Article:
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AL RAYYAN, Qatar – Christian Pulisic had waited 1,868 days, and Tim Weah almost as long, to hear the roar. They had endured the darkest five years in American soccer history for nights like Monday, for an opportunity to bring a nation to its feet, for a chance to lift a lifetime of work onto a World Cup stage. They had suffered, and slapped away doubts, and persevered to feel an explosion. At 10:36 pm here at the Ahmad bin Ali Stadium, they scored the goal that instigated it — and for an hour, it appeared that they’d won the US men’s national team its 2022 World Cup opener.
But on 82 minutes, Gareth Bale instigated a louder explosion. And the USMNT had to settle for a 1-1 draw with Wales.
They were superior, so far superior, for 45 minutes. Then they retreated and tried to survive a Welsh storm. They survived it for 35 minutes. But with growing pressure, Walker Zimmerman fouled Bale in the penalty area. Bale converted from the spot. And what could have been a dazzling, uplifting night turned damp.
The draw is not disastrous. It leaves the US, still, as favorites to advance from Group B. But the point will be tinged with disappointment. And pressure, on Friday against England, will be intense.
It also felt like a missed opportunity. Weah’s goal, after Pulisic had glided past the Welshmen, felt like the christening of a new era, a moment for a country to rally around, the beginning of what could be a special World Cup.
Instead, emotions are mixed, complicated and conflicting. The first half was promising. The second half was not. Zimmerman whipped his hands down his cheeks in frustration at the final whistle.
The past is now the past. The USMNT has definitely been reborn. The eight-year wait for their World Cup return is over. But the future – the immediate-term future, and the long-term one – is uncertain.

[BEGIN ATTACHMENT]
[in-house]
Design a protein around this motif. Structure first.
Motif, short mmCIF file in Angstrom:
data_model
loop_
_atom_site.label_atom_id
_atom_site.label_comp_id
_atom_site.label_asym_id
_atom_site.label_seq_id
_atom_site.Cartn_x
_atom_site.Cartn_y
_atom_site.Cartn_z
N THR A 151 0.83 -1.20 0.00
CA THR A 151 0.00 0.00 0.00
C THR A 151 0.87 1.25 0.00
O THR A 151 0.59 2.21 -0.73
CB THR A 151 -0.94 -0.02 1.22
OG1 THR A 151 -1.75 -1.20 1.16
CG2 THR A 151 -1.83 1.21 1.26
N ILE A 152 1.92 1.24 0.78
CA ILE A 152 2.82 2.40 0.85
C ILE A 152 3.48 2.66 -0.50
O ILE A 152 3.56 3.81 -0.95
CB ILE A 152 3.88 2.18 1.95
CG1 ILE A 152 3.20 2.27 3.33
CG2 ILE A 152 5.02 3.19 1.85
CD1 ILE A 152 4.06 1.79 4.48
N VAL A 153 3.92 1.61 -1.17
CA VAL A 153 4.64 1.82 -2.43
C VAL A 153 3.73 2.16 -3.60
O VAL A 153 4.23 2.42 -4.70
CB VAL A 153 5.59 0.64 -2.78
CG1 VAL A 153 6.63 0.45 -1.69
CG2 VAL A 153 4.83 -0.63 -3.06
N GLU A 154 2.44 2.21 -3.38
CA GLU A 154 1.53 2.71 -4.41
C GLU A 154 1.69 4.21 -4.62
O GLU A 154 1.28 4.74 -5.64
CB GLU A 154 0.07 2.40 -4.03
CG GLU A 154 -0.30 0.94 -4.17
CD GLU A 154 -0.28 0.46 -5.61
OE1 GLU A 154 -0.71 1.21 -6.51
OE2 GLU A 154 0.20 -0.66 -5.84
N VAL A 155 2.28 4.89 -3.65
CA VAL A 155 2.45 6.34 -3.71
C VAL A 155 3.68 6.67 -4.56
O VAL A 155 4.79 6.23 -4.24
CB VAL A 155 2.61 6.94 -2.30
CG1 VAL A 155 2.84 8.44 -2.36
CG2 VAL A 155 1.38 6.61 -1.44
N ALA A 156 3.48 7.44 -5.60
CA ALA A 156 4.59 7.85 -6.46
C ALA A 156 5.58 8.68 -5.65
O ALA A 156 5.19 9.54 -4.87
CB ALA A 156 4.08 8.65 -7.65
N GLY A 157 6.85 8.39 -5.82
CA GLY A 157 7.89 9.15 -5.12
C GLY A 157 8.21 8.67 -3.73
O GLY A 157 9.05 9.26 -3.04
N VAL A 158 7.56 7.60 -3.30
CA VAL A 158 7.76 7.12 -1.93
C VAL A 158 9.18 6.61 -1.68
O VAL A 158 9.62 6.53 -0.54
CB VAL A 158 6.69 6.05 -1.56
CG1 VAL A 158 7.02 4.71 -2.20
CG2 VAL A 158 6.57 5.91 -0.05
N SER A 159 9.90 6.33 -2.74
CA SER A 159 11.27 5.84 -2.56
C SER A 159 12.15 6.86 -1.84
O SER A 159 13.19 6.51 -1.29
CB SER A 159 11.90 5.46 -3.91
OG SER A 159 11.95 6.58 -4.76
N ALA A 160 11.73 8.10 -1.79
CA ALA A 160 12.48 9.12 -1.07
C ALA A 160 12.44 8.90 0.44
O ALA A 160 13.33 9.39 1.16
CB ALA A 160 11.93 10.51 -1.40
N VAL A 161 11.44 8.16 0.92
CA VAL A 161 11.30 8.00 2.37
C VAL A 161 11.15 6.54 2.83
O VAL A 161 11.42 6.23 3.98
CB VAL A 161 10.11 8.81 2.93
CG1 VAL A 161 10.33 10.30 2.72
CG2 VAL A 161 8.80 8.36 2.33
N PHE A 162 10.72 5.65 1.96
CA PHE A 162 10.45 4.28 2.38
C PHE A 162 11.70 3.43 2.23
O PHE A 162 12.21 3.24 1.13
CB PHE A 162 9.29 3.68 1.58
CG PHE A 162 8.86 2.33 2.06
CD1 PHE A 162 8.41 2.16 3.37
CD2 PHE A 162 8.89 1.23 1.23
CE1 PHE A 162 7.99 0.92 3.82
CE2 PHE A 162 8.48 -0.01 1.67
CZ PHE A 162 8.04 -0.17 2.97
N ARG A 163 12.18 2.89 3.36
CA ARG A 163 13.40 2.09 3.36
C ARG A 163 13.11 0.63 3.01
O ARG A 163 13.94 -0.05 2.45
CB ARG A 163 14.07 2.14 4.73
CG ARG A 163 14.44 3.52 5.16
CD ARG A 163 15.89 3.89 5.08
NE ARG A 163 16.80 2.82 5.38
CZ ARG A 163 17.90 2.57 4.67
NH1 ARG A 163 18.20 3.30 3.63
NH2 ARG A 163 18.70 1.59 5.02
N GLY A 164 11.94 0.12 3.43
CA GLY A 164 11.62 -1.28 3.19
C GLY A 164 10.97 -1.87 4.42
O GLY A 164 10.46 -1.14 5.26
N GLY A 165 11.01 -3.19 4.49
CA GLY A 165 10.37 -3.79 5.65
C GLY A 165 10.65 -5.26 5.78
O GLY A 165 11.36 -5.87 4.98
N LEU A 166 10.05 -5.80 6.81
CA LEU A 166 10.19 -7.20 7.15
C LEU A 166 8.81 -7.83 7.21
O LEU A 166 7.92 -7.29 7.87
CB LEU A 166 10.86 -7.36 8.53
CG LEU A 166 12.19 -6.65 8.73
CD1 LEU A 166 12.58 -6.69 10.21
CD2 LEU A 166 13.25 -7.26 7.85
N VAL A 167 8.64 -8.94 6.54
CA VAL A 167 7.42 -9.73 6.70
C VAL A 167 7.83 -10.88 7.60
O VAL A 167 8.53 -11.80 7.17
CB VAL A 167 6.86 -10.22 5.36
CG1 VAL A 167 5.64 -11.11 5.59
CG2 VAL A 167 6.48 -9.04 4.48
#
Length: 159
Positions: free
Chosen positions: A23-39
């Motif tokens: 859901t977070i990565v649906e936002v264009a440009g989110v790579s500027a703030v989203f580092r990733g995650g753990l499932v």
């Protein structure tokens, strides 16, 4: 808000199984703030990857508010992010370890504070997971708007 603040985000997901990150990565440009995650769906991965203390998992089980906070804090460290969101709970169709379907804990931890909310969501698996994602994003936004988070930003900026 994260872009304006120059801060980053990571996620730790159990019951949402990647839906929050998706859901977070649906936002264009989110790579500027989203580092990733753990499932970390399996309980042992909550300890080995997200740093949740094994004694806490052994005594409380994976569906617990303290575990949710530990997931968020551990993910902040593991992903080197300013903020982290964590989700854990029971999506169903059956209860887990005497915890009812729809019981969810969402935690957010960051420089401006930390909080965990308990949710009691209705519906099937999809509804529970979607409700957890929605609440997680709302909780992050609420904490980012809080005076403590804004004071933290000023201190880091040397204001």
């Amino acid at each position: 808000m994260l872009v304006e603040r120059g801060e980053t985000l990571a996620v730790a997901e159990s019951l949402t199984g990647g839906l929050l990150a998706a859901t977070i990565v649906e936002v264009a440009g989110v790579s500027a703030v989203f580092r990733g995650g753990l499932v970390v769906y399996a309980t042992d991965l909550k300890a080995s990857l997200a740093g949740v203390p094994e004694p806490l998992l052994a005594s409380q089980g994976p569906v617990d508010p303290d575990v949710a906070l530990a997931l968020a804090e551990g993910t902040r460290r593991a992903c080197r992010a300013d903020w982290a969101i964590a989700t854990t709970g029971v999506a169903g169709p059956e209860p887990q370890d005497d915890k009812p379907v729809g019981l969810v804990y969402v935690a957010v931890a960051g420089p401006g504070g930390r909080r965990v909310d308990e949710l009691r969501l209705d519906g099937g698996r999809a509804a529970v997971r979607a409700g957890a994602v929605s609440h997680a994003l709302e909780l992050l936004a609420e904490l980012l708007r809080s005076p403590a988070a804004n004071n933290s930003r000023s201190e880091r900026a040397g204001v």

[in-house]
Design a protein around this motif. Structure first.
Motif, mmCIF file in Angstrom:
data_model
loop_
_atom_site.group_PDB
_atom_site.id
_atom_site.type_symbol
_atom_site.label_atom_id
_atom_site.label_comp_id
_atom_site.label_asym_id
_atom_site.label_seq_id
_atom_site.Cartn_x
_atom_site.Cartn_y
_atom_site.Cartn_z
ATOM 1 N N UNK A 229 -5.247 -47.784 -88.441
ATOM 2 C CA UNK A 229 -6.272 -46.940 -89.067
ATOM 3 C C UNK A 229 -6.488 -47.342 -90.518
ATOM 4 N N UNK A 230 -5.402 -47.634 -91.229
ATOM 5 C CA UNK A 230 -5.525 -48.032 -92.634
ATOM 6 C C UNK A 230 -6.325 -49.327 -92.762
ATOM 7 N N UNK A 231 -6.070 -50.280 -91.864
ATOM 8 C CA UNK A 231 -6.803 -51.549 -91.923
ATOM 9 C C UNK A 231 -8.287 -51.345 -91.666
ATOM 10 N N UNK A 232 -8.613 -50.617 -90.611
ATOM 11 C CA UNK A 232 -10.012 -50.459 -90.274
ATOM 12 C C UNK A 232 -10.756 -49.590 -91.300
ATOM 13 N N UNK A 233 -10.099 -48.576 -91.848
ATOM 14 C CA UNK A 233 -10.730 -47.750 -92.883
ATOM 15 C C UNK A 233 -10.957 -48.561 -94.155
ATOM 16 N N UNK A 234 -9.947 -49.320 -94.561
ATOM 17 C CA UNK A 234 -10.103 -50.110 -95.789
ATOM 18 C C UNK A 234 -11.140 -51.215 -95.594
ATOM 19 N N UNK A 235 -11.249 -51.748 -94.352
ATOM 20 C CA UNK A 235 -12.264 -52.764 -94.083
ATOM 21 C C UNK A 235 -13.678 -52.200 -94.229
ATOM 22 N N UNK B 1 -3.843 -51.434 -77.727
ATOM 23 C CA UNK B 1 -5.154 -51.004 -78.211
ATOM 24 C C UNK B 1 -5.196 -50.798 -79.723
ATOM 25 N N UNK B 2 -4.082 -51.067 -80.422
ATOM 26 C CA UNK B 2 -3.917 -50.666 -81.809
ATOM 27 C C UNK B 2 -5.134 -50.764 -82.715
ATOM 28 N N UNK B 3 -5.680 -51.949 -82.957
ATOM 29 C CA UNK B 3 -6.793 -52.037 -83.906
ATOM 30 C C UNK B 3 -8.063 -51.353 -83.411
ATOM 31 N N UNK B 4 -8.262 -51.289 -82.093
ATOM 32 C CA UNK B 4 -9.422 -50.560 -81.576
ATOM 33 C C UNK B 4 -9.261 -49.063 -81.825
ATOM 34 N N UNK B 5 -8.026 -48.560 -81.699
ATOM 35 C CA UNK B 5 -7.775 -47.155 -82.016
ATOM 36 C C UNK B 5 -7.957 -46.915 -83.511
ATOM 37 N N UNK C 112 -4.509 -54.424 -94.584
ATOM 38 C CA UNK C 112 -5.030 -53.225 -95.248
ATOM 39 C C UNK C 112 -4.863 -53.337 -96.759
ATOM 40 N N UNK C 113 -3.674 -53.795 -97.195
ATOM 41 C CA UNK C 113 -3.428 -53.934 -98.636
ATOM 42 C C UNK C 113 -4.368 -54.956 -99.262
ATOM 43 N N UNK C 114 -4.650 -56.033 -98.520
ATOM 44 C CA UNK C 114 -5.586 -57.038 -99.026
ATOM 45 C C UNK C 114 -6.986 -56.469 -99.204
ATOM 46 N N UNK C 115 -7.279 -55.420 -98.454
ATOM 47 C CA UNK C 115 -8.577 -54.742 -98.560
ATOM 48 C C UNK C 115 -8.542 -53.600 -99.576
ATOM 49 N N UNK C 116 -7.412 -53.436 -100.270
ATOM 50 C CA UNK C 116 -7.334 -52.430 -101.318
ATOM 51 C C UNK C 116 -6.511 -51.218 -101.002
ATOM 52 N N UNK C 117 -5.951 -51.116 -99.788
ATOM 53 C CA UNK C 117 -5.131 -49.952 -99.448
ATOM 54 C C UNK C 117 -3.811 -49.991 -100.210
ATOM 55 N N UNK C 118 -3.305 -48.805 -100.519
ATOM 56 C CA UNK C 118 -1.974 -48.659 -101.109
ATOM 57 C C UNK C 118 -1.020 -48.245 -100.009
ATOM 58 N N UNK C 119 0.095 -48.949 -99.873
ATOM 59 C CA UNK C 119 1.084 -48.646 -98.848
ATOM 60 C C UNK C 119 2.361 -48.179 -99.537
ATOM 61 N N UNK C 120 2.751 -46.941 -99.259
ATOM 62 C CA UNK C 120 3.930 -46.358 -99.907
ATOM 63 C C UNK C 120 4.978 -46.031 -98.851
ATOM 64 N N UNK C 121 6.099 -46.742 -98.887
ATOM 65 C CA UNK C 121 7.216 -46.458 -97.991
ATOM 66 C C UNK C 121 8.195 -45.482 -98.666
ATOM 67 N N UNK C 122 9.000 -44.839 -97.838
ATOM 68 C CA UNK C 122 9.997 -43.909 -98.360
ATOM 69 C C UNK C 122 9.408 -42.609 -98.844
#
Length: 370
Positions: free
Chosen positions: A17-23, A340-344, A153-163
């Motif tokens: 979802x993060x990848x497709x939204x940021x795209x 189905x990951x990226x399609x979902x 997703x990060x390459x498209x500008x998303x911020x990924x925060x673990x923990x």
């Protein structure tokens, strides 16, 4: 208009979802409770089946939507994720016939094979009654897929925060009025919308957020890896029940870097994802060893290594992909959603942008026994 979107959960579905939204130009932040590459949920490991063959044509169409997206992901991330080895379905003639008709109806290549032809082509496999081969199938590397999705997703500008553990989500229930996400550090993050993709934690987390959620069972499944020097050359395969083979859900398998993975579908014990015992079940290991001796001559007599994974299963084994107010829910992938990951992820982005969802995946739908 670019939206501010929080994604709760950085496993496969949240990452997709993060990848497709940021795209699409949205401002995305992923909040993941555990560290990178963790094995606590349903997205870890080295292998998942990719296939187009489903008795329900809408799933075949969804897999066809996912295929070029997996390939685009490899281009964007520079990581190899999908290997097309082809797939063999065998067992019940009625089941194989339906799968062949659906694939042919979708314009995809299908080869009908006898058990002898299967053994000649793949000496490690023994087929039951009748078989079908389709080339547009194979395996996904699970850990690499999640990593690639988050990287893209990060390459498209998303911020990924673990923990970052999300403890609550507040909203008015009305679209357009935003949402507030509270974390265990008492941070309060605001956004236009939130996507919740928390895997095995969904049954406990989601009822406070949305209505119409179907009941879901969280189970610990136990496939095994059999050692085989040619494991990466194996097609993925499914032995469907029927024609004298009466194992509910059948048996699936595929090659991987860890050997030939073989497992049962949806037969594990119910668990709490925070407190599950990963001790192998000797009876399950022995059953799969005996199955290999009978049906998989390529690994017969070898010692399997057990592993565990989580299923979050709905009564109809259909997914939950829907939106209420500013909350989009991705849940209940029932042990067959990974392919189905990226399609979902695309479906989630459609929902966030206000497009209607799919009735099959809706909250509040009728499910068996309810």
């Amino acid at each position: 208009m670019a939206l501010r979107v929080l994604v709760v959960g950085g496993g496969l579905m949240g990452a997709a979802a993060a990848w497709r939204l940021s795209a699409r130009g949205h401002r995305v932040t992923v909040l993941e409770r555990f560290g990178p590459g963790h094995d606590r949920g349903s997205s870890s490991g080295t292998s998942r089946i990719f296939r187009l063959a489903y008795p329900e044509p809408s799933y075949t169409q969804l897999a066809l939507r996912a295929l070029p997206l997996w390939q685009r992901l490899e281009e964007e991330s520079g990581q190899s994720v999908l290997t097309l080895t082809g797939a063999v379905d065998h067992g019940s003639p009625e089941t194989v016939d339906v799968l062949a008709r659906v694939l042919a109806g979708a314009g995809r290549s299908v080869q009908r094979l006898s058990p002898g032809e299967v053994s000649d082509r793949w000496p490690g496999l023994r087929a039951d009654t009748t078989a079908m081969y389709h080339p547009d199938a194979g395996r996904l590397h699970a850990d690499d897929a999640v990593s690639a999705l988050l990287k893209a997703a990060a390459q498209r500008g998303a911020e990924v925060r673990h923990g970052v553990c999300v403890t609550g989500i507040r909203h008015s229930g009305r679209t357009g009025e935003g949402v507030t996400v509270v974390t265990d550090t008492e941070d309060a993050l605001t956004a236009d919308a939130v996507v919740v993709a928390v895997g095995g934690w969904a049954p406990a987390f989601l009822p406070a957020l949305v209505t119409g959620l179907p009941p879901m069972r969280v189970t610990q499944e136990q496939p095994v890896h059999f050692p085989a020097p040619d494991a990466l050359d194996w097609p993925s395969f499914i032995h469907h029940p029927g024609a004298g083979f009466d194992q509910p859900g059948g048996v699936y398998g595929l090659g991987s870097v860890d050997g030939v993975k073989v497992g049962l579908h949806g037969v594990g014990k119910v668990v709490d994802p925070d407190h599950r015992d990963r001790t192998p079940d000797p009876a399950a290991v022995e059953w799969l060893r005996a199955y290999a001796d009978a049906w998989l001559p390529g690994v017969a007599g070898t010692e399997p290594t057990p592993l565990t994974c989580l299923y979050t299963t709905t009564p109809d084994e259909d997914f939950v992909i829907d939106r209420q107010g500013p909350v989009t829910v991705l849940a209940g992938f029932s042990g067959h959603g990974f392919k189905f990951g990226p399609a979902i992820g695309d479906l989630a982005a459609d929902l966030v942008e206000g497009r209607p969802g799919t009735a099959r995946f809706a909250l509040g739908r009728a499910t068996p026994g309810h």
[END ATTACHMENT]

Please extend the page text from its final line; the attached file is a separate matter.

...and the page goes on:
USMNT’s hot start fizzles out
The journey here from Trinidad, the site of US Soccer’s biggest-ever failure, was arduous and uneven. It began with a directionless year-plus under interim manager Dave Sarachan. Sarachan introduced droves of young players to the national team environment, and some became stars. But in those days, Tyler Adams said, “we had no identity, no game plan. It was almost like you were going to the national team camp for fun.”
A protracted coaching search landed on Gregg Berhalter. He came with grand plans of progressive, possession-based soccer, or “disorganizing the opponent with the ball,” as he said. And early on, he encountered the same problem that doomed the 2018 World Cup cycle: He didn’t have the necessary players.
Slowly but surely, though, they began to trickle in. They came from US Soccer’s controversial Development Academy, which in 2007 overhauled the youth developmental pathway. Led by Christian Pulisic, they increasingly came through top European clubs. A few, including Yunus Musah and Sergiño Dest, were also dual nationals recruited by Berhalter who chose the US over more storied soccer nations.
As veterans of past World Cups faded, the youngsters coalesced into a trophy-winning team. They beat Mexico in back-to-back finals. They stumbled through qualifying, but they were, by some measures, the youngest USMNT ever, and the youngest national team in the entire world.
Their youth sparked talk of a golden generation, of sky-high potential that would someday be fulfilled. That day, conventional wisdom predicted, could come in 2026, when the World Cup will come to home soil, and when this group of early-20-somethings will be in their prime. They are playing at levels that American soccer has never touched, with talents, in some cases, that American soccer has never seen.
There was a sense that they were perhaps too green, a tad incomplete, not quite primed for a run just yet in 2022. In 45 minutes, they asked: Why not?
And in the second half, perhaps, they provided an answer. They could not withstand the Welsh pressure. Couldn’t maintain their grip on the game. And couldn’t quite regain it once they’d lost it.